Construction of this Brabantine-Gothic church started in 1425, but unstable subsoil forced the builders to abandon a planned 170m-high...
Far and away Leuven’s most iconic sight, the incredible 15th-century stadhuis is a late-Gothic architectural wedding cake flamboyantly ...
Hip, high-ceilinged music lounge-bar whose suspended swing seats.
Zoff strikes a brash pose somewhere between deli-cafe and cocktail bar with dangling lanterns, street terrace and a rear garden. Their...
Lonely Planet review
The St Pieterskerk Treasury boasts two triptychs by Flemish Primitive artist Dirk Bouts (1415-75), who spent much of his life in Leuven. Bouts painted the triptychs between 1464-67, one of which, Het Laatste Avondmaal (The Last Supper), is considered to be one of the period's masterpieces. It mixes the Biblical theme with contemporary Gothic architecture.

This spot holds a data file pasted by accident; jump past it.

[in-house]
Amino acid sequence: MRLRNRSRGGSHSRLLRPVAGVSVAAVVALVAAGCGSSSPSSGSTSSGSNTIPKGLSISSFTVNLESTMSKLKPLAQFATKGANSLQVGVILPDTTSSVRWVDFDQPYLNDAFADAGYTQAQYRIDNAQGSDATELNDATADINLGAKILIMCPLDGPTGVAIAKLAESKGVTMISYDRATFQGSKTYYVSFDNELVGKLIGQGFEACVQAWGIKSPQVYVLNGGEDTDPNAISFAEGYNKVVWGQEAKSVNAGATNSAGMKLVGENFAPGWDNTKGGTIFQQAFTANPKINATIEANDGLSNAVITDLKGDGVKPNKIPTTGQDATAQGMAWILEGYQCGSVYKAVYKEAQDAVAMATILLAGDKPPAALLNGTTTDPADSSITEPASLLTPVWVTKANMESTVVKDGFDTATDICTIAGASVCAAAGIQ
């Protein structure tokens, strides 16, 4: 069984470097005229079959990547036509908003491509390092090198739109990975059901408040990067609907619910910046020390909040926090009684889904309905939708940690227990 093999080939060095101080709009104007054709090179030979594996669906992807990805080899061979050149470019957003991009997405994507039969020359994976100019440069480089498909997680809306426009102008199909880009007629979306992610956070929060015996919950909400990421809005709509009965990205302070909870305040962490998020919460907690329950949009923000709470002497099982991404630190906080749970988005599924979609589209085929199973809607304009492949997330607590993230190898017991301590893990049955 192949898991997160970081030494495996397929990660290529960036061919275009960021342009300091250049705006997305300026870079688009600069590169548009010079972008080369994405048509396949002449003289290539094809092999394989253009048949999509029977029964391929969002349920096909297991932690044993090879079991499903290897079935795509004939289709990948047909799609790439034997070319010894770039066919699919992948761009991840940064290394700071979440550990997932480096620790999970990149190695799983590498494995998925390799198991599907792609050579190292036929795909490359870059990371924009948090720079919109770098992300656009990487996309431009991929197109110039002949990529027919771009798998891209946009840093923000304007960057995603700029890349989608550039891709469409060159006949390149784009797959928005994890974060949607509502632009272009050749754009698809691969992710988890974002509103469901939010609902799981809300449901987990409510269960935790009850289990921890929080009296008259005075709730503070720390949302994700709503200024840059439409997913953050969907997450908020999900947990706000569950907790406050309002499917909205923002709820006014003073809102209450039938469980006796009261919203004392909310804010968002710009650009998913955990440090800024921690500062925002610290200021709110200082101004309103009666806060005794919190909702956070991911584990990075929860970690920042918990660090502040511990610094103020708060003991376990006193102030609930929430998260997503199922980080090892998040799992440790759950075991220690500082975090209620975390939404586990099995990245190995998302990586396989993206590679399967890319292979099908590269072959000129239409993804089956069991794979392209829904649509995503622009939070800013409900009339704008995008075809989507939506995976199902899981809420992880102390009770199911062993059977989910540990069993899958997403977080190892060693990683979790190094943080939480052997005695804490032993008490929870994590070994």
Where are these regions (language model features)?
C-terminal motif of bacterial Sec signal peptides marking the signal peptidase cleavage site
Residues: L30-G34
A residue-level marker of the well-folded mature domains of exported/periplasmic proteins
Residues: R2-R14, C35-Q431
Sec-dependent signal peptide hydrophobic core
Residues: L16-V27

Strictly controlled paintings with rich, broad landscapes and static, unmoving figures were Bouts' passion. The panels have a lively history: they were sold off several times and ended up in Germany; returned to Leuven after WWI as part of the war reparations package, they were carted off again during WWII and saw the war out in a salt mine.